Royal family devastated as children’s hospital closes after £2 million coronavirus loss
Sophie, Countess of Wessex, patron of Shooting Star Children’s Hospices, has been left “incredibly saddened” after the coronavirus pandemic forced it to close one of its two sites. The closed facility, in Hampton, South West London, was visited by the Countess in February just weeks before the lockdown.
The site dedicated to helping 800 seriously ill children who need emergency respite and end-of-life care.
The charity has been visited by a number of senior royals including Prince Charles and Camilla, and the Duchess of Cambridge.
A Buckingham Palace source told The Mirror the Countess “is closely following their situation and being kept regularly informed”.
They added: “She was incredibly moved by a video they posted recently and she was incredibly sad to hear that they have had to close the Hampton hospice for now.
“She is hugely passionate about the role they play in the children’s lives and she will continue to support them where she can in the coming months.”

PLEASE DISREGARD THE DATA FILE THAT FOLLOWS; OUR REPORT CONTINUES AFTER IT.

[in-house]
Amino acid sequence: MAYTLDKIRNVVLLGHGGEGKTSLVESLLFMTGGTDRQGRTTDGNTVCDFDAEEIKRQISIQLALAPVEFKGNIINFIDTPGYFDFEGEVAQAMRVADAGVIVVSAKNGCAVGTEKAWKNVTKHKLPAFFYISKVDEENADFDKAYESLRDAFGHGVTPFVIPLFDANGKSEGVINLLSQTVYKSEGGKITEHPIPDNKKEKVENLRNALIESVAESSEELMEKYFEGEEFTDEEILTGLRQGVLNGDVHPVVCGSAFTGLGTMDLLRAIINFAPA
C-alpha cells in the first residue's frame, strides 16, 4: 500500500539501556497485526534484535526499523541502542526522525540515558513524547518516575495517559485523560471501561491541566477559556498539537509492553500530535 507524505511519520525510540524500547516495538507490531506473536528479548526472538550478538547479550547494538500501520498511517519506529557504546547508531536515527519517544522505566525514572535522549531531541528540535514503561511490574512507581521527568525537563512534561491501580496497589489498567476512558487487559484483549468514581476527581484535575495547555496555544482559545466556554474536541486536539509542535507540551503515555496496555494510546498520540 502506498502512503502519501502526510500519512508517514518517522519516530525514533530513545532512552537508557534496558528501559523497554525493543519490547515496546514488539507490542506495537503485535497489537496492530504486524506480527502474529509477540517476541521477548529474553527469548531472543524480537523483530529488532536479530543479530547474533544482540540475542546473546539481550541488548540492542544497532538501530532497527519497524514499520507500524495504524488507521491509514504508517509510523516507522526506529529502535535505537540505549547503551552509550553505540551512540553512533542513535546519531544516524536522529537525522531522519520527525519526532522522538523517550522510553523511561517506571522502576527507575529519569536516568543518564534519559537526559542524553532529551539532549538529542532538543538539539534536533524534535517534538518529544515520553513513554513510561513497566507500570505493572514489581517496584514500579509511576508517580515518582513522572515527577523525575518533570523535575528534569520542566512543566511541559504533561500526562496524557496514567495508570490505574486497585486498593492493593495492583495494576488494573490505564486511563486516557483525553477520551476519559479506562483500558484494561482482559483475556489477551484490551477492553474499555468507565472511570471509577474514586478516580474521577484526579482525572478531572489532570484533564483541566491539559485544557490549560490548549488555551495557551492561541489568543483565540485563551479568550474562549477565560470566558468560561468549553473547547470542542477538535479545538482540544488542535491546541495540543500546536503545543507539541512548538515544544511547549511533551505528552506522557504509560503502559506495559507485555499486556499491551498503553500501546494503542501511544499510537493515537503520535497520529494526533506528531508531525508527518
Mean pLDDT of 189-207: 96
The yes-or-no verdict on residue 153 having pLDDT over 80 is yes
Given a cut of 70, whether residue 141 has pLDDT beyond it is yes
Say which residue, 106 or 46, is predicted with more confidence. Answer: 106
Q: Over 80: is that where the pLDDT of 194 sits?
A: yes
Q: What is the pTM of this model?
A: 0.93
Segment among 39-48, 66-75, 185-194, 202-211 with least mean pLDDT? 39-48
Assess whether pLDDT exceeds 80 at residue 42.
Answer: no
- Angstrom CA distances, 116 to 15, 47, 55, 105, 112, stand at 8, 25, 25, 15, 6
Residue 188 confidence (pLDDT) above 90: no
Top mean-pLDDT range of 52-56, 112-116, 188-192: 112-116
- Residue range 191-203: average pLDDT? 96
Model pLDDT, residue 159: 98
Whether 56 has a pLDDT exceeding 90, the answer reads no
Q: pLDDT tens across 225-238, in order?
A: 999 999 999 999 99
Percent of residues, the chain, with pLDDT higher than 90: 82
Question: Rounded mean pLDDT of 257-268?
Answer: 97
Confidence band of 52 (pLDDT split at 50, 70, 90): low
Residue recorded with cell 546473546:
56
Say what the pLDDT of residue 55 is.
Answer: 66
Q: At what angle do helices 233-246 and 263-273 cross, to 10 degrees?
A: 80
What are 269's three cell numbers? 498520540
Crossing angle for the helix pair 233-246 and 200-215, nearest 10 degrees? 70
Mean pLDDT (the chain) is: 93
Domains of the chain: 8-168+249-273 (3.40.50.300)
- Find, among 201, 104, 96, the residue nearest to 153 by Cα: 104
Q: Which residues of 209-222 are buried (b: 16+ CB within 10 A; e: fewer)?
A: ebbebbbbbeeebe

However, this is just one of dozens of hospices, which rely on the public’s generosity, facing unprecedented hardship.
Mass cancellations of fundraising events such as the London Marathon and the closure of high street charity shops have slashed funding.
Karen Sugarman, vice president of SSCH, which supports children in London and Surrey, said: “Covid-19 has had a devastating effect, like being run over by a massive steamroller.
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“We are in an unprecedented times and must raise money to keep the service going for children and families who rely on us.”
The hospice has also been supported by music mogul Simon Cowell and Spandau Ballet frontman Tony Hadley, plus David Walliams.
But with the situation desperate, Karen, who has been with the charity 18 years, raised £2,000 this month by singing and playing the accordion live to her friends.
She said: “I don’t play the accordion and I’m not a great singer but we are all doing what we can.
“The Countess and our other supporters are with us as well and that means so much. We are in an unprecedented times and must raise money to keep the service going for children and families who rely on us.”
Prince William is another royal who has continued to support charities through hardship.
The Duke of Cambridge most recently spoke to Corinne Hutton, founder of Paisley-based Finding Your Feet, and one of its beneficiaries.
She said: “To be told that Prince William would like to speak to us was just breathtaking. The fact that he has recognised and acknowledged the work we are doing and why it’s important is such incredible motivation.”
Published at Thu, 21 May 2020 03:13:00 +0000